• Use caution during assessment and disposition of patients with risk factors for death from asthma, including: r43
      • History of previous ICU admission or intubation
      • Hospitalization or emergency department care for exacerbation in the past year
      • Current use of corticosteroids
      • Significant comorbid cardiovascular or chronic respiratory disease
    • If the patient is discharged after an acute exacerbation, management should include: r1
      • Review of inhaler technique, environmental control measures, and acute asthma exacerbation discharge action plan
      • Continued use of scheduled inhaled short-acting β₂-agonist r44
      • Initiation of inhaled corticosteroids in patients who are discharged from emergency department and who are not currently receiving inhaled corticosteroid therapy r1
        • Some guidelines recommend a step-up in controller treatment (eg, increase inhaled corticosteroid dose) for patients on long-term therapy r43
      • Oral steroids for 5 additional days if steroids are given in emergent setting r1
        • Alternative steroid regimen consists of a single intramuscular dose of dexamethasone or 2-day oral regimen if the patient is unable to tolerate other oral steroid formulations r45r46
      • Referral to outpatient primary care physician for follow-up care in office within 2 to 7 days r47

Chronic asthma

  • Long-term asthma treatment is based on severity level and control, and adjusted via a stepwise approach
  • Initial step is determined by disease severity classification (for newly diagnosed patients not on controller medications) or by disease control classification (for patients currently using controller medications) r1r48
    • Adjustments are based on ongoing level of control
    • Therapy can be both stepped-up and stepped-down; step-down can be considered after 3 months of good control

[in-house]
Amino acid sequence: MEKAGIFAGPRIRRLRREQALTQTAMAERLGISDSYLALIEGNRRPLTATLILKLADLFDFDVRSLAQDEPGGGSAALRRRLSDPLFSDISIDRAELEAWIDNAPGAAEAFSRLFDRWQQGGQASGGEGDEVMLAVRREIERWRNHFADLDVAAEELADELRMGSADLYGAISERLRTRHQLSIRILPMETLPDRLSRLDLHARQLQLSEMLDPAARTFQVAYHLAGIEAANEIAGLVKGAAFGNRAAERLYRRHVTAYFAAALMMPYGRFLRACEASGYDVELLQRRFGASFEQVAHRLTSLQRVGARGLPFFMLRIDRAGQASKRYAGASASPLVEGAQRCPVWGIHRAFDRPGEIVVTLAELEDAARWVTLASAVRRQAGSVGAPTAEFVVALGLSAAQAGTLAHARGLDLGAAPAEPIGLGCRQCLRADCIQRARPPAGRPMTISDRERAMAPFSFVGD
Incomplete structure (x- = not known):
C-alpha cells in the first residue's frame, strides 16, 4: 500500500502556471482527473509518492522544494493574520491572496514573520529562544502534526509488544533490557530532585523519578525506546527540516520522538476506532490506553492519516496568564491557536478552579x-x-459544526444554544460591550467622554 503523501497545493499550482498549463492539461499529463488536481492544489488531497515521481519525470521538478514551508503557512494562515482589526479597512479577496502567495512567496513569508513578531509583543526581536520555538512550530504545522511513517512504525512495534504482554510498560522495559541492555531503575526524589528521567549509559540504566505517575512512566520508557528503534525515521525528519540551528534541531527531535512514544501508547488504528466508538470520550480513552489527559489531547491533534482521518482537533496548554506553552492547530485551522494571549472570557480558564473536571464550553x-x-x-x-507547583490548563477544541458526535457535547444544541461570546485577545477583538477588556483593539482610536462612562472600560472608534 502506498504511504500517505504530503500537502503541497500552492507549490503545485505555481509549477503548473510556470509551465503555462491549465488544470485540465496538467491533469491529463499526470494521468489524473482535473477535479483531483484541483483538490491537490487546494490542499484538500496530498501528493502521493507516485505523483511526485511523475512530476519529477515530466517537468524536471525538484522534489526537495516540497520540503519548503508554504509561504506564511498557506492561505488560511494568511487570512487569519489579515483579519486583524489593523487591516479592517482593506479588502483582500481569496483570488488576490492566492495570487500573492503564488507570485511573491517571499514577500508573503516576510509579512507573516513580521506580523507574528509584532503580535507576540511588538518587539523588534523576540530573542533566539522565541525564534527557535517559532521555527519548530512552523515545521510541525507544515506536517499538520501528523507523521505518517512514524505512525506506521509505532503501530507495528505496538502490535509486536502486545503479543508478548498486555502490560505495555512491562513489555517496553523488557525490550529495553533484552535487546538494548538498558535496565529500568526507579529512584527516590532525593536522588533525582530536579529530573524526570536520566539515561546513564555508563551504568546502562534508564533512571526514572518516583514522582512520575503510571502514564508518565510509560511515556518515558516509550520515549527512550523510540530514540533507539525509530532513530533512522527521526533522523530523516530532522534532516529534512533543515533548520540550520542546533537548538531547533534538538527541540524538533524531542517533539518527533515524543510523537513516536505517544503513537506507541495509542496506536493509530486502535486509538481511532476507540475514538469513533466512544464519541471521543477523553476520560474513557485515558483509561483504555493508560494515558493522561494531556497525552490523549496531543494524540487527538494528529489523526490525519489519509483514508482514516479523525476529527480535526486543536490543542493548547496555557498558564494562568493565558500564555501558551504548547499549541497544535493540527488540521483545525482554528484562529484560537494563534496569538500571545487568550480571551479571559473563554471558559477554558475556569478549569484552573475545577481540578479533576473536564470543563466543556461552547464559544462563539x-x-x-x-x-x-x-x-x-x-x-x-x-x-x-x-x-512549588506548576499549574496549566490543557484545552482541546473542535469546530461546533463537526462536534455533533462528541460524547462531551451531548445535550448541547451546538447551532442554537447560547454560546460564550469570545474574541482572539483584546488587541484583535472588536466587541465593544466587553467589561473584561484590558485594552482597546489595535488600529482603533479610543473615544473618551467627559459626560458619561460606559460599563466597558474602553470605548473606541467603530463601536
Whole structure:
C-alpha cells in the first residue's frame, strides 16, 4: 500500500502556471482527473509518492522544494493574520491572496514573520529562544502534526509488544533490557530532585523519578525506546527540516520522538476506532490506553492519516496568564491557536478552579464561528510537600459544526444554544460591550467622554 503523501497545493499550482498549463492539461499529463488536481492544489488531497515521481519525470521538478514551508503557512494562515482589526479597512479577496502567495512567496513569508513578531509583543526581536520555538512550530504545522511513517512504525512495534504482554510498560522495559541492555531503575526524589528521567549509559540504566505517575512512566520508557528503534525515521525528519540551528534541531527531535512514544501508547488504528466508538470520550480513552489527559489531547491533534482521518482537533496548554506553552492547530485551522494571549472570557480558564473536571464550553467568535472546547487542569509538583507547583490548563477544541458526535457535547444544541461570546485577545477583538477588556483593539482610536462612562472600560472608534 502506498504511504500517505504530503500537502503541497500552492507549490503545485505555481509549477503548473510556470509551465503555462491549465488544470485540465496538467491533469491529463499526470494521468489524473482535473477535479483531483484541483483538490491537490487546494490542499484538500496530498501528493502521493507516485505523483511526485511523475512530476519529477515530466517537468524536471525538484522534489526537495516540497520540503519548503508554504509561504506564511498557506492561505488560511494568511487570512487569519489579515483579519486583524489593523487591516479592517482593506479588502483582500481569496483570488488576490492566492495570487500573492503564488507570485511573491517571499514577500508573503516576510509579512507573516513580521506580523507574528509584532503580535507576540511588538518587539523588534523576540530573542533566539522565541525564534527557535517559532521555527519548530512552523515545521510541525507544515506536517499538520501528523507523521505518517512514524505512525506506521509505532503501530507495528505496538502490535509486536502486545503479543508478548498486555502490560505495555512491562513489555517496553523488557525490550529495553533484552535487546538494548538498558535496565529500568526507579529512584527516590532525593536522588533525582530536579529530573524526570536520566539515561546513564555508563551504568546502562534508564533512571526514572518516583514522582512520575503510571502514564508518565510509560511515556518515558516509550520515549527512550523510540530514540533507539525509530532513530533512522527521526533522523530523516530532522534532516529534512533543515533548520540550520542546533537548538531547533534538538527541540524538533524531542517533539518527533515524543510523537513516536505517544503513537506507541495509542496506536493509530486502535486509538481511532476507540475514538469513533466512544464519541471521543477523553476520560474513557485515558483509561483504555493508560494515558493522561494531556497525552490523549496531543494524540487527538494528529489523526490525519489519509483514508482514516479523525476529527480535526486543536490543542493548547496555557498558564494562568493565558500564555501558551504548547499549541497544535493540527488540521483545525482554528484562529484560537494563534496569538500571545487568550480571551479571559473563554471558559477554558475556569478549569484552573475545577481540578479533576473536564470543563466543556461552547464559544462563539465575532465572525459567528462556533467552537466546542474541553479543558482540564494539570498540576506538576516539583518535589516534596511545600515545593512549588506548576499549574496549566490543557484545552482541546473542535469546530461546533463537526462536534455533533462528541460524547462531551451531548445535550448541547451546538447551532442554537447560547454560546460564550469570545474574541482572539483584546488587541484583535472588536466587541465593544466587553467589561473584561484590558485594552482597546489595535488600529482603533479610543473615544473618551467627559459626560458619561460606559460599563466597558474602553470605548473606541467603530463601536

• 3 types of medications may be used r11
    • Controllers
      • Inhaled corticosteroid–containing controller medications reduce airway inflammation and symptoms, reduce future exacerbations, and decline in lung function
      • SMART (Single Maintenance And Reliever Treatment) strategy using a combination of inhaled corticosteroid plus formoterol in a single inhaler therapy is the preferred treatment in children 4 years and older who are not well controlled on a low- or medium-dose daily inhaled corticosteroid alone r11r21r27r49
    • Relievers
      • Used as needed to alleviate breakthrough symptoms
      • Once a mainstay of asthma therapy, short-acting β-agonists are no longer recommended because the preferred reliever for symptomatic patients should not be used as monotherapy because of safety concerns and poor outcomes r47
      • A combined inhaled corticosteroid plus fast-onset, long-acting β-agonist (ie, formoterol) is the preferred reliever
      • Reduction or elimination in need for use is a major goal of asthma treatment
    • Add-on medications
      • A variety of agents may be considered when symptoms persist or exacerbations occur despite optimal therapy with controllers
  • Preferred treatments (see NAEPP and GINA guidelines for alternative medication options for each step) r11r21
    • Step 1 (intermittent asthma; infrequent symptoms less than twice per month and no risk factors for exacerbations)
      • Children aged 4 years and younger
        • As-needed short-acting β₂-agonist r21
        • In children with recurrent episodes of wheezing triggered by respiratory tract infections and no interval symptoms, consider commencing a short course (7-10 days) of daily inhaled corticosteroid with as-needed short-acting β₂-agonists at the onset of any respiratory tract infection r21r49
      • Children aged 5 r21or 6r11 to 11 years
        • As-needed short-acting β₂-agonist with or without low-dose inhaled corticosteroid used concomitantly r11r21
      • Children aged 12 years and older
        • Low-dose inhaled corticosteroid plus formoterol in a single inhaler, as required to alleviate symptoms r11
        • As-needed short-acting β₂-agonist with or without low-dose inhaled corticosteroid used concomitantly r6r11r21
          • GINA no longer recommends as-needed inhaled short-acting β₂-agonist monotherapy for such symptoms r47